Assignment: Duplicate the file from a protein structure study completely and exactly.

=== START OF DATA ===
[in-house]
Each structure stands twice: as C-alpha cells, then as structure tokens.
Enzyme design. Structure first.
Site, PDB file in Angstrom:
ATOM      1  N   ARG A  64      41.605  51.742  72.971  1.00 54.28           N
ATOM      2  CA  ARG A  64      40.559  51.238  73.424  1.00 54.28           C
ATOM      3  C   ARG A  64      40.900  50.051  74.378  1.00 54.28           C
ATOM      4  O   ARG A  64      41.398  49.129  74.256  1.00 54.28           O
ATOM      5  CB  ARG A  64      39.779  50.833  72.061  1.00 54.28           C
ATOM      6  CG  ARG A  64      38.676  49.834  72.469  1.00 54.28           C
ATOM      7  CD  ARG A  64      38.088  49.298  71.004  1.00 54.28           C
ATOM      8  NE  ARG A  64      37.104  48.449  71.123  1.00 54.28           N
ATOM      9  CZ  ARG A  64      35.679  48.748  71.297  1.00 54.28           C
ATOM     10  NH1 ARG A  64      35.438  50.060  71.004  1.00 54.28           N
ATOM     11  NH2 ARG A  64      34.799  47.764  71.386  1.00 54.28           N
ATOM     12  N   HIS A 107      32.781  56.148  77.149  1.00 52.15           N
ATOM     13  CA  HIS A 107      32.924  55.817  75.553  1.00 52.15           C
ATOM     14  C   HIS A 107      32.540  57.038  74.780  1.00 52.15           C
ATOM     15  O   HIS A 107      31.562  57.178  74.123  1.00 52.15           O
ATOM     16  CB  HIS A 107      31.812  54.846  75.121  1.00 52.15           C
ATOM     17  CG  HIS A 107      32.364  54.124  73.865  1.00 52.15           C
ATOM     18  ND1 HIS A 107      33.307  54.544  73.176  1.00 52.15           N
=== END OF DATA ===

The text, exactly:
[in-house]
Each structure stands twice: as C-alpha cells, then as structure tokens.
Enzyme design. Structure first.
Site, PDB file in Angstrom:
ATOM      1  N   ARG A  64      41.605  51.742  72.971  1.00 54.28           N
ATOM      2  CA  ARG A  64      40.559  51.238  73.424  1.00 54.28           C
ATOM      3  C   ARG A  64      40.900  50.051  74.378  1.00 54.28           C
ATOM      4  O   ARG A  64      41.398  49.129  74.256  1.00 54.28           O
ATOM      5  CB  ARG A  64      39.779  50.833  72.061  1.00 54.28           C
ATOM      6  CG  ARG A  64      38.676  49.834  72.469  1.00 54.28           C
ATOM      7  CD  ARG A  64      38.088  49.298  71.004  1.00 54.28           C
ATOM      8  NE  ARG A  64      37.104  48.449  71.123  1.00 54.28           N
ATOM      9  CZ  ARG A  64      35.679  48.748  71.297  1.00 54.28           C
ATOM     10  NH1 ARG A  64      35.438  50.060  71.004  1.00 54.28           N
ATOM     11  NH2 ARG A  64      34.799  47.764  71.386  1.00 54.28           N
ATOM     12  N   HIS A 107      32.781  56.148  77.149  1.00 52.15           N
ATOM     13  CA  HIS A 107      32.924  55.817  75.553  1.00 52.15           C
ATOM     14  C   HIS A 107      32.540  57.038  74.780  1.00 52.15           C
ATOM     15  O   HIS A 107      31.562  57.178  74.123  1.00 52.15           O
ATOM     16  CB  HIS A 107      31.812  54.846  75.121  1.00 52.15           C
ATOM     17  CG  HIS A 107      32.364  54.124  73.865  1.00 52.15           C
ATOM     18  ND1 HIS A 107      33.307  54.544  73.176  1.00 52.15           N